You Should Know… Erez Michaely

Photo by Jared Foretek

Erez Michaely, 34, is an astrophysicist, doing research as a post-doctoral fellow at the University of Maryland. In September, he picked up and moved from Haifa with his wife and their 2-year-old son.

But Michaely is also a global politics junkie, an avid hiker and traveler and maybe even a burgeoning American Civil War buff.

Can you explain for a layman’s layman what your research is in?

I’m interested in how stuff moves in the universe, from black holes to planets. And I’m interested in the way complicated systems work, so two or three objects in the system and how they interact with a super massive black hole, or a star.

I have many projects, but if it moves, I’m interested.

Were you always scientifically inclined?

Always. Ever since I was a child, I knew I was going to be an astrophysicist. When other children wanted to be astronauts, I wanted to be the guy who works at NASA.

What do you think of Maryland?

I love it. It’s beautiful, it’s amazing. We were amazed as a family, driving from the airport to our place, everything was
so green.

I feel like most people associate physical beauty more with Israel than Maryland.

Haifa is beautiful, but not green like here. And I’m used to Israel. You get snow here, which is very nice.

Aside from work, what have you and your family been up to since moving?

Hiking. We travel all the time. When we first moved, we bought a car and drove to Quebec. We spent a lot of time up north in Maine and Massachusetts. We’ve been all around. We went to Virginia, Shenandoah. And we recently went to Gettysburg to get some local American history. It was amazing, I’ve always been interested in the American Civil War and it was great to be an active student.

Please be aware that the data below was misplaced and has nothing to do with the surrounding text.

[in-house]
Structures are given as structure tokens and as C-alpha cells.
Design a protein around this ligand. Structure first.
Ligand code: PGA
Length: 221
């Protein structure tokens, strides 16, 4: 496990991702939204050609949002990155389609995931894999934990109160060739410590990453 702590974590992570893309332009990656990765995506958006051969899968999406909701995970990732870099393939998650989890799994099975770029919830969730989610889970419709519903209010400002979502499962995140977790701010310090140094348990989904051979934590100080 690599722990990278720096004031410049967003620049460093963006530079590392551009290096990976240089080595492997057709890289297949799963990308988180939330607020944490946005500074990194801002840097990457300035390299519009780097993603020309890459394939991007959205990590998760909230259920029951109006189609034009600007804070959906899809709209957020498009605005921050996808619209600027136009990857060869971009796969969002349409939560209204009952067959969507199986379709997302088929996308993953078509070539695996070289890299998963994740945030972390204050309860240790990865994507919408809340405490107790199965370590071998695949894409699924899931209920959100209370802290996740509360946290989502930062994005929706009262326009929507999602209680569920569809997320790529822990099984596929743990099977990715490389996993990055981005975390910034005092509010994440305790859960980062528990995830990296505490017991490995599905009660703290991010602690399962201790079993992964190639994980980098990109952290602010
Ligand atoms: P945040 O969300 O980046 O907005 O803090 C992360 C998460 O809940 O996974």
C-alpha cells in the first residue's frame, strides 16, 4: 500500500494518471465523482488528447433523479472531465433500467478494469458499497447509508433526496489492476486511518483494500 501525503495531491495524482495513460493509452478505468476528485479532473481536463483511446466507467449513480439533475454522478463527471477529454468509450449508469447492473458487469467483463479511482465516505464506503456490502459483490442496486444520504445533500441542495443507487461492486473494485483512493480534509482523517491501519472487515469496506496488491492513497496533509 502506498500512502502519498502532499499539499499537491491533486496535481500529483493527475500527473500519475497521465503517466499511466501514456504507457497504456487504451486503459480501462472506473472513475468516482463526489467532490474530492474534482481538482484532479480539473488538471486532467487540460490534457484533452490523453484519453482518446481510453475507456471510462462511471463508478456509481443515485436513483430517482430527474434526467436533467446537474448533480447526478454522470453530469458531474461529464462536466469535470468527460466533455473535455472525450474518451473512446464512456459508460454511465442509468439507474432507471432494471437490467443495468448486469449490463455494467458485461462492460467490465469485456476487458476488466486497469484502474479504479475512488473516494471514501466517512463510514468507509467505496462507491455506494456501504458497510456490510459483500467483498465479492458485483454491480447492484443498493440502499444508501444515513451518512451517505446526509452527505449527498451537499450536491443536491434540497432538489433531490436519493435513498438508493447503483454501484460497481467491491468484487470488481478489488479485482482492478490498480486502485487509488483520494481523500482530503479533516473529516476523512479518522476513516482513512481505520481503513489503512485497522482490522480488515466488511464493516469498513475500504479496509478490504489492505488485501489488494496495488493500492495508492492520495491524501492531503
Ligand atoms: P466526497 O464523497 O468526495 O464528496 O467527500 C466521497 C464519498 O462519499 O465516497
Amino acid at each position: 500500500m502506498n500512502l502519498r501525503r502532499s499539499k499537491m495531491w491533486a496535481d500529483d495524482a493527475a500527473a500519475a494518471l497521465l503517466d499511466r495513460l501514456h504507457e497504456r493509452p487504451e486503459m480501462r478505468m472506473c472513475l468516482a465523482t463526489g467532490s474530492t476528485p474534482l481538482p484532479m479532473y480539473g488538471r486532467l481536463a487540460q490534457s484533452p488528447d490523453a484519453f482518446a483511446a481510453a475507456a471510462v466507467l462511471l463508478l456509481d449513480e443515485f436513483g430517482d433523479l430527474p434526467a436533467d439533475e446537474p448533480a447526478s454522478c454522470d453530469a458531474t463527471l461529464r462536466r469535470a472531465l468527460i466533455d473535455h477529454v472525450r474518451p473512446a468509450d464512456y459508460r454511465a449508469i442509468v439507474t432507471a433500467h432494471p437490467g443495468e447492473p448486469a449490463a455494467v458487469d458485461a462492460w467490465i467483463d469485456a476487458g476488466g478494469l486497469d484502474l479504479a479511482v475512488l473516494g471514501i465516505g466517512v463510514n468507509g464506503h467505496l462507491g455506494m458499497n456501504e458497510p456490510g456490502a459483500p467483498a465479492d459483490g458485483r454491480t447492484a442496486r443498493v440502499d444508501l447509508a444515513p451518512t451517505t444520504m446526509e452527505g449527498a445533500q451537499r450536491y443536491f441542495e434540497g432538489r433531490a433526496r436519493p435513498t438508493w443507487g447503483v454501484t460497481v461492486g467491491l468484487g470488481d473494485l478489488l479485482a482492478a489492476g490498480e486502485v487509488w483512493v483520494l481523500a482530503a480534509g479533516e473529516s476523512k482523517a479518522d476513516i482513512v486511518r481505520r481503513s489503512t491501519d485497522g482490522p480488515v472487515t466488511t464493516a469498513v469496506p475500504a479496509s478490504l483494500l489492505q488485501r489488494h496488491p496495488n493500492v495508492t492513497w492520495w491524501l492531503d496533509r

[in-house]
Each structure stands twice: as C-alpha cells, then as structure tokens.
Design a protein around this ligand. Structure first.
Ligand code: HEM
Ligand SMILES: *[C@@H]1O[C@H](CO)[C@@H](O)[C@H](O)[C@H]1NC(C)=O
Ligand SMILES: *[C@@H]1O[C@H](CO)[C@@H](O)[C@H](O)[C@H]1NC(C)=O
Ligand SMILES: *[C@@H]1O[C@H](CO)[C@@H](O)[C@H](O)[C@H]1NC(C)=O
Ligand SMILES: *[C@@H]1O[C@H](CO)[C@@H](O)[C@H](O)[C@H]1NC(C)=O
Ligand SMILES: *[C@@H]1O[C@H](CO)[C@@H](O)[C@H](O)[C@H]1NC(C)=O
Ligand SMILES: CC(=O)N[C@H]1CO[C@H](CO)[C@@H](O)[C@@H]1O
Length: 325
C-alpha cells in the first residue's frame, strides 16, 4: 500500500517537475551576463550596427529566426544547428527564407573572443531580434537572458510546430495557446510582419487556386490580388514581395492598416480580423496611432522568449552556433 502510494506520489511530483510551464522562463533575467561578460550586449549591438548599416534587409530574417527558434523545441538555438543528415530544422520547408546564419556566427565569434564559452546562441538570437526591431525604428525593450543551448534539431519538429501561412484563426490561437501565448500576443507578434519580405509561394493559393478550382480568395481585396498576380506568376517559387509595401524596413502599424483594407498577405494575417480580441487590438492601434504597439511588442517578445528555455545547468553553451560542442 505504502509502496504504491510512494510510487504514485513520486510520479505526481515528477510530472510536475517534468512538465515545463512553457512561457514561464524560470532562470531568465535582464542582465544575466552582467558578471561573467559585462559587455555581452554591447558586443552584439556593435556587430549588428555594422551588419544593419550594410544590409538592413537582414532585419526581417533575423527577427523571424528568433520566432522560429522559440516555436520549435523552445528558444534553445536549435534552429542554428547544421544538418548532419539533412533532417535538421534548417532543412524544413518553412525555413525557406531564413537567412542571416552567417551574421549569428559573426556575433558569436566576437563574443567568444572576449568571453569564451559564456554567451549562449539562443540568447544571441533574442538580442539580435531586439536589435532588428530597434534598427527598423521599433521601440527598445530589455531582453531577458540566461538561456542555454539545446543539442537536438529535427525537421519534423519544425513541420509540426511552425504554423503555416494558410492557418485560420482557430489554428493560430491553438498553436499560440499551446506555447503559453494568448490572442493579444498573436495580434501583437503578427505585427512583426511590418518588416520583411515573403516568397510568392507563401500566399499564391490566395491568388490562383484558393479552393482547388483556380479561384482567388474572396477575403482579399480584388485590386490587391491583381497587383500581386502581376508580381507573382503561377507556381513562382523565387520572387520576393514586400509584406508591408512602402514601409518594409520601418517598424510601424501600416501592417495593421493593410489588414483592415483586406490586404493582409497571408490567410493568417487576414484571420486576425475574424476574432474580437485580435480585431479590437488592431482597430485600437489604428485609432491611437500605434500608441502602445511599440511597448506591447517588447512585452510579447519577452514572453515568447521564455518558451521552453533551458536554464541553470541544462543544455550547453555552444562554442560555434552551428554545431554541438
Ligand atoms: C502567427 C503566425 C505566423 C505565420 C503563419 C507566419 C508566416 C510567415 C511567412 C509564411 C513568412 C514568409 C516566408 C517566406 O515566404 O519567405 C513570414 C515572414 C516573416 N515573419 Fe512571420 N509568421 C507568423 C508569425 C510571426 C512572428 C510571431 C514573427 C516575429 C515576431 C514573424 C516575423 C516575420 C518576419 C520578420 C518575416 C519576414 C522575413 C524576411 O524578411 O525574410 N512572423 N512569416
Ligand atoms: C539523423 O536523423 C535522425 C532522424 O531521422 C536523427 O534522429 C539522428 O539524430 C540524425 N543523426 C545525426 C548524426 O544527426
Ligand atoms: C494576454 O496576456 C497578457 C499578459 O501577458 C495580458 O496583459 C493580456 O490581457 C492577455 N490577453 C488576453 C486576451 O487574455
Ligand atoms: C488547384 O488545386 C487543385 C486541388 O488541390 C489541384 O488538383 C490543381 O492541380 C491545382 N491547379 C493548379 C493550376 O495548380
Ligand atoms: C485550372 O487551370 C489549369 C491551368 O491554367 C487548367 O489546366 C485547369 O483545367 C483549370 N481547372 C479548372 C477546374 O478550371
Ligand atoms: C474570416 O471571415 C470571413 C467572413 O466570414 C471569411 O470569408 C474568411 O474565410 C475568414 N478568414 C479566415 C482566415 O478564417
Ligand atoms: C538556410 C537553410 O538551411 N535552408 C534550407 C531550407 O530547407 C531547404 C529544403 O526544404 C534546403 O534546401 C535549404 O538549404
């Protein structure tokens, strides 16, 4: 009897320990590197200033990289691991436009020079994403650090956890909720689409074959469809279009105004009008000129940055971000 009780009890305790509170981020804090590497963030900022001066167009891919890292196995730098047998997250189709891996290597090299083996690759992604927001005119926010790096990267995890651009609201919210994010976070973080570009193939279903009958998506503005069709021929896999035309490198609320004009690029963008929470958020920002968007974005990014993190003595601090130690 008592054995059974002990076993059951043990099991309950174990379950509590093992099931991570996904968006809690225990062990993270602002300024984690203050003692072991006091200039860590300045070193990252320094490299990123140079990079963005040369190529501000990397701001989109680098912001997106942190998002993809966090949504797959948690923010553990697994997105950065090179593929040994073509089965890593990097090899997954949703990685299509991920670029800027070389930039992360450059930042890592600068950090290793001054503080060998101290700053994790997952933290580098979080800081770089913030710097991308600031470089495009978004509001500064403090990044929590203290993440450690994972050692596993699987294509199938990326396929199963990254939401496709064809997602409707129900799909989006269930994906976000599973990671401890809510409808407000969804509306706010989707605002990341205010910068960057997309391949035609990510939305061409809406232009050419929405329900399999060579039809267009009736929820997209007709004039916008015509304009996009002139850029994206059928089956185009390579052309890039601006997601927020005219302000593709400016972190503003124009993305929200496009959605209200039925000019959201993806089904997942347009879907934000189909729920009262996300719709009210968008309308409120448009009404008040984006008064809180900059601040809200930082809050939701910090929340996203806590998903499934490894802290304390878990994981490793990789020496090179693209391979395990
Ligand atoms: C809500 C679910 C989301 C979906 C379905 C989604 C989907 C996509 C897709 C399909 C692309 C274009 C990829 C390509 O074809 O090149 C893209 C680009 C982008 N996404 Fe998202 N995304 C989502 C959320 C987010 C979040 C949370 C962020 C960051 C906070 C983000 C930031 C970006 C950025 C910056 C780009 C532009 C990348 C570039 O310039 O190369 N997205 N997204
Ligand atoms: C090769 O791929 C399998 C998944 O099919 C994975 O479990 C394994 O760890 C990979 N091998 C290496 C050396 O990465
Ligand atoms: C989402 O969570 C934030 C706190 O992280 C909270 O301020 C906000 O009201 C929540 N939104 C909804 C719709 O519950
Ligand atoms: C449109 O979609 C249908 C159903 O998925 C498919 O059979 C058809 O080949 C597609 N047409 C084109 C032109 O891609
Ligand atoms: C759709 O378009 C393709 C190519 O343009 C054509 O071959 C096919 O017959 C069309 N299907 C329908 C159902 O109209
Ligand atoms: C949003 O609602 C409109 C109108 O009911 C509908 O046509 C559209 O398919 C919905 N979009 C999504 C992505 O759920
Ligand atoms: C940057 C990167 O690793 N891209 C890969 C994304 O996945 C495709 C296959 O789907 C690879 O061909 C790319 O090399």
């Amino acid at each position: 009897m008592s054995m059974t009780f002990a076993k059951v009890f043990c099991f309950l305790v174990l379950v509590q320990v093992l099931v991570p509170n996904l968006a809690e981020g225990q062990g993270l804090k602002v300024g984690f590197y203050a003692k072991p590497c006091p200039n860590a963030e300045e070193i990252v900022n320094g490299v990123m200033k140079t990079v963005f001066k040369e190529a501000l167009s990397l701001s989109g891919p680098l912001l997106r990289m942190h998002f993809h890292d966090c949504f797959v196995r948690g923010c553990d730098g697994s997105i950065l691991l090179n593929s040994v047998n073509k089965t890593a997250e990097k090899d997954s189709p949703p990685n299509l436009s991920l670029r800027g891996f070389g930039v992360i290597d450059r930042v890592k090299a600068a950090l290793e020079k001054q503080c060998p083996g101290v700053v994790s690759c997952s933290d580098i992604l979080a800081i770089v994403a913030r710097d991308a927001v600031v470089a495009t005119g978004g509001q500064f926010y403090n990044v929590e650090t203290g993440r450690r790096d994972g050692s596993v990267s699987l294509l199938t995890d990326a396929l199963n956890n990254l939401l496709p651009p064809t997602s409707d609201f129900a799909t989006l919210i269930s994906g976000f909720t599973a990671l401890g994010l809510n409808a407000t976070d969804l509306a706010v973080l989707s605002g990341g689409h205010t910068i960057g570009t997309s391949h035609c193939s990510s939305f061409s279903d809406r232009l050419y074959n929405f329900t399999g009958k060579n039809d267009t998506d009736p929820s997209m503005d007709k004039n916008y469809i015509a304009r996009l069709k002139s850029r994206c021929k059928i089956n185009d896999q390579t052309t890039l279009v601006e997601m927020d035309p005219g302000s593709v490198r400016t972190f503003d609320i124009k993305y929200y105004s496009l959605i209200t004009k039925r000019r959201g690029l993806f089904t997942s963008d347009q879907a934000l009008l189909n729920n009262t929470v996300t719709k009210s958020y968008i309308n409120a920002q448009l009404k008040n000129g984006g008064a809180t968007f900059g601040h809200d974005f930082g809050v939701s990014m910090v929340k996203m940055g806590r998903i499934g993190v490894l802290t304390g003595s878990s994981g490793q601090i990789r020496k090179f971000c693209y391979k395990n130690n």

You said your long-term goal is to move back to Israel. How do you view raising a child on multiple continents?

We completely see this as an advantage. This is a good thing. He will see different cultures and he will know English better than I do. And it will make him more accepting as an adult. The U.S. is very welcoming, despite what everybody says. People are extremely friendly.

What do you miss the most?

Family and friends, that’s by far the most important thing. But for everyday life, I would say the food. I haven’t had a decent pita since I arrived. And coffee. Americans don’t know how to make coffee. This brewed coffee is very bad, you should all stop doing that. We just drink espresso.

Other than that, the culture is very similar. Israeli pop culture is very American. We cite “Seinfeld” and “Friends,” just like everybody else.

What are your thoughts on this question of how much American Jews should comment on Israeli affairs and pluralism within Israel?

It’s a very complicated issue. American Jews and Jews all around the world have a complete right to their opinion about Israeli politics and they should make their voice heard. The question is, do we as Israelis want to hear their voices?
Israel is their home even if they don’t use it yet. I really believe that with all my heart, that non-Israeli Jews have two homes, one of which they can enter whenever they need. They can get their citizenship and I encourage everybody to do that. The vast majority of Israelis do consider Conservative, Reform, secular Jews as their brothers and sisters.

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